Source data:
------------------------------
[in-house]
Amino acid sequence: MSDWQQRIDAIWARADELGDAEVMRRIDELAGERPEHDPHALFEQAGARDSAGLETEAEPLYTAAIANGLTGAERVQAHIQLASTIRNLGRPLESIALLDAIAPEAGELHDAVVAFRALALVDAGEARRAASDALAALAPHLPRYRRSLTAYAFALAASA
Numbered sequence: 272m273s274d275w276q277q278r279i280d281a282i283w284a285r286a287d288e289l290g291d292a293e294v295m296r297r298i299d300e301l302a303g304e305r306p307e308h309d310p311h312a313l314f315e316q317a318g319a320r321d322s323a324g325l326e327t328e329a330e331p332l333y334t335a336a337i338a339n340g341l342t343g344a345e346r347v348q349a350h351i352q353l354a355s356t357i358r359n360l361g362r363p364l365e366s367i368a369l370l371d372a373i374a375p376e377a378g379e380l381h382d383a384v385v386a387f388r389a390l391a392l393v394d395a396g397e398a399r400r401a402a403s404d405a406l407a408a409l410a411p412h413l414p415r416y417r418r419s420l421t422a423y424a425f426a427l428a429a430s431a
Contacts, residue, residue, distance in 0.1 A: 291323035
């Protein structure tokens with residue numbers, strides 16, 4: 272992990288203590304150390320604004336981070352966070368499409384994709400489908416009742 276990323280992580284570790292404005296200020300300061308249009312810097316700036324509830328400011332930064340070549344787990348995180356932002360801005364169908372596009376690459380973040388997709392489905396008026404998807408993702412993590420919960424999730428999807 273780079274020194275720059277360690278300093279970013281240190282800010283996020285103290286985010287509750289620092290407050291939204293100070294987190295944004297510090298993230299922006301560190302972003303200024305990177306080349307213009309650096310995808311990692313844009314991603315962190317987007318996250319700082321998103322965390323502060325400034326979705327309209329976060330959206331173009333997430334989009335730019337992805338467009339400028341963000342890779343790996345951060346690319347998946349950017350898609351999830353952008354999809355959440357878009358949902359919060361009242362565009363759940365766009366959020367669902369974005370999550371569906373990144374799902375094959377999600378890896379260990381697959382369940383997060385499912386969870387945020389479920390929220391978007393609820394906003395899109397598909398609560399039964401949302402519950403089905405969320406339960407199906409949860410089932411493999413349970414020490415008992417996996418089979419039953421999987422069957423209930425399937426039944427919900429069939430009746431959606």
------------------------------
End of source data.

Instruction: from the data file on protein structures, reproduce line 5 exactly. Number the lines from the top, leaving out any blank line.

């Protein structure tokens with residue numbers, strides 16, 4: 272992990288203590304150390320604004336981070352966070368499409384994709400489908416009742 276990323280992580284570790292404005296200020300300061308249009312810097316700036324509830328400011332930064340070549344787990348995180356932002360801005364169908372596009376690459380973040388997709392489905396008026404998807408993702412993590420919960424999730428999807 273780079274020194275720059277360690278300093279970013281240190282800010283996020285103290286985010287509750289620092290407050291939204293100070294987190295944004297510090298993230299922006301560190302972003303200024305990177306080349307213009309650096310995808311990692313844009314991603315962190317987007318996250319700082321998103322965390323502060325400034326979705327309209329976060330959206331173009333997430334989009335730019337992805338467009339400028341963000342890779343790996345951060346690319347998946349950017350898609351999830353952008354999809355959440357878009358949902359919060361009242362565009363759940365766009366959020367669902369974005370999550371569906373990144374799902375094959377999600378890896379260990381697959382369940383997060385499912386969870387945020389479920390929220391978007393609820394906003395899109397598909398609560399039964401949302402519950403089905405969320406339960407199906409949860410089932411493999413349970414020490415008992417996996418089979419039953421999987422069957423209930425399937426039944427919900429069939430009746431959606």